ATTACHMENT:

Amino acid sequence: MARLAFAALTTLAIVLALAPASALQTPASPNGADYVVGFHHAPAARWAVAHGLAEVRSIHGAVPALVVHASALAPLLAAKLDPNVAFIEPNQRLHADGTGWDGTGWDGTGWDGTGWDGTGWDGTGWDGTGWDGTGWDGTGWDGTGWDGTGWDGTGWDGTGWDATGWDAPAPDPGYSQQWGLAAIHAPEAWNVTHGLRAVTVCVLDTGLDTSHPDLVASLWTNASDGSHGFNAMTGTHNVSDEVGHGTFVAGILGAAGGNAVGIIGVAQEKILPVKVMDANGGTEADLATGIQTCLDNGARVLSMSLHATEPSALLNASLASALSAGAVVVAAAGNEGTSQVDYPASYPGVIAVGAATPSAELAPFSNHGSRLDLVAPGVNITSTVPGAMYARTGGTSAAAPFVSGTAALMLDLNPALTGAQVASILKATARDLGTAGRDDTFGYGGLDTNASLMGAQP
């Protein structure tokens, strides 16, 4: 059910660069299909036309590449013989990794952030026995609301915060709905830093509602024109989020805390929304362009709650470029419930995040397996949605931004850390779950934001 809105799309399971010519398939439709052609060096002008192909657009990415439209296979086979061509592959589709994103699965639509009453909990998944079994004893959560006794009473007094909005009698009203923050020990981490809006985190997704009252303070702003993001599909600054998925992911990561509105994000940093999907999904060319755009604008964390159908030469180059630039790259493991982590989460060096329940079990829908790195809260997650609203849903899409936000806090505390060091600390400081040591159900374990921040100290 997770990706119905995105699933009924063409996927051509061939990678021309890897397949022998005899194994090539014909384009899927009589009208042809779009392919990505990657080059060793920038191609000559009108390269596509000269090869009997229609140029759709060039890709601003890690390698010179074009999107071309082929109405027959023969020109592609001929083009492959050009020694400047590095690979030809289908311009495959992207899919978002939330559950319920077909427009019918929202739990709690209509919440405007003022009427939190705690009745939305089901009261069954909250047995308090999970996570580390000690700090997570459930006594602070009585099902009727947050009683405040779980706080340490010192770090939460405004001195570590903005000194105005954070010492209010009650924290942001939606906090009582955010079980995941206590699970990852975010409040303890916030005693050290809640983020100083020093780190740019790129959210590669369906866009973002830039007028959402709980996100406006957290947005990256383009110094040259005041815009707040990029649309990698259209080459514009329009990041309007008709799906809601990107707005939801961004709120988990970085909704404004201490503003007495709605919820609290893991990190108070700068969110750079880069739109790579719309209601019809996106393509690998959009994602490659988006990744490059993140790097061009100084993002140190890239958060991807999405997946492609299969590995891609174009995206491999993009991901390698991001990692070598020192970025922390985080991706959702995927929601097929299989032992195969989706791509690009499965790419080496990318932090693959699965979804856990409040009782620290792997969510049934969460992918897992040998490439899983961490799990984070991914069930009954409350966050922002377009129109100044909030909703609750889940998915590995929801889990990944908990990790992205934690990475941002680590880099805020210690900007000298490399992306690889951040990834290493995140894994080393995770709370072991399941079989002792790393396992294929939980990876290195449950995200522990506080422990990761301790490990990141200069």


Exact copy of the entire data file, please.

Amino acid sequence: MARLAFAALTTLAIVLALAPASALQTPASPNGADYVVGFHHAPAARWAVAHGLAEVRSIHGAVPALVVHASALAPLLAAKLDPNVAFIEPNQRLHADGTGWDGTGWDGTGWDGTGWDGTGWDGTGWDGTGWDGTGWDGTGWDGTGWDGTGWDGTGWDGTGWDATGWDAPAPDPGYSQQWGLAAIHAPEAWNVTHGLRAVTVCVLDTGLDTSHPDLVASLWTNASDGSHGFNAMTGTHNVSDEVGHGTFVAGILGAAGGNAVGIIGVAQEKILPVKVMDANGGTEADLATGIQTCLDNGARVLSMSLHATEPSALLNASLASALSAGAVVVAAAGNEGTSQVDYPASYPGVIAVGAATPSAELAPFSNHGSRLDLVAPGVNITSTVPGAMYARTGGTSAAAPFVSGTAALMLDLNPALTGAQVASILKATARDLGTAGRDDTFGYGGLDTNASLMGAQP
């Protein structure tokens, strides 16, 4: 059910660069299909036309590449013989990794952030026995609301915060709905830093509602024109989020805390929304362009709650470029419930995040397996949605931004850390779950934001 809105799309399971010519398939439709052609060096002008192909657009990415439209296979086979061509592959589709994103699965639509009453909990998944079994004893959560006794009473007094909005009698009203923050020990981490809006985190997704009252303070702003993001599909600054998925992911990561509105994000940093999907999904060319755009604008964390159908030469180059630039790259493991982590989460060096329940079990829908790195809260997650609203849903899409936000806090505390060091600390400081040591159900374990921040100290 997770990706119905995105699933009924063409996927051509061939990678021309890897397949022998005899194994090539014909384009899927009589009208042809779009392919990505990657080059060793920038191609000559009108390269596509000269090869009997229609140029759709060039890709601003890690390698010179074009999107071309082929109405027959023969020109592609001929083009492959050009020694400047590095690979030809289908311009495959992207899919978002939330559950319920077909427009019918929202739990709690209509919440405007003022009427939190705690009745939305089901009261069954909250047995308090999970996570580390000690700090997570459930006594602070009585099902009727947050009683405040779980706080340490010192770090939460405004001195570590903005000194105005954070010492209010009650924290942001939606906090009582955010079980995941206590699970990852975010409040303890916030005693050290809640983020100083020093780190740019790129959210590669369906866009973002830039007028959402709980996100406006957290947005990256383009110094040259005041815009707040990029649309990698259209080459514009329009990041309007008709799906809601990107707005939801961004709120988990970085909704404004201490503003007495709605919820609290893991990190108070700068969110750079880069739109790579719309209601019809996106393509690998959009994602490659988006990744490059993140790097061009100084993002140190890239958060991807999405997946492609299969590995891609174009995206491999993009991901390698991001990692070598020192970025922390985080991706959702995927929601097929299989032992195969989706791509690009499965790419080496990318932090693959699965979804856990409040009782620290792997969510049934969460992918897992040998490439899983961490799990984070991914069930009954409350966050922002377009129109100044909030909703609750889940998915590995929801889990990944908990990790992205934690990475941002680590880099805020210690900007000298490399992306690889951040990834290493995140894994080393995770709370072991399941079989002792790393396992294929939980990876290195449950995200522990506080422990990761301790490990990141200069």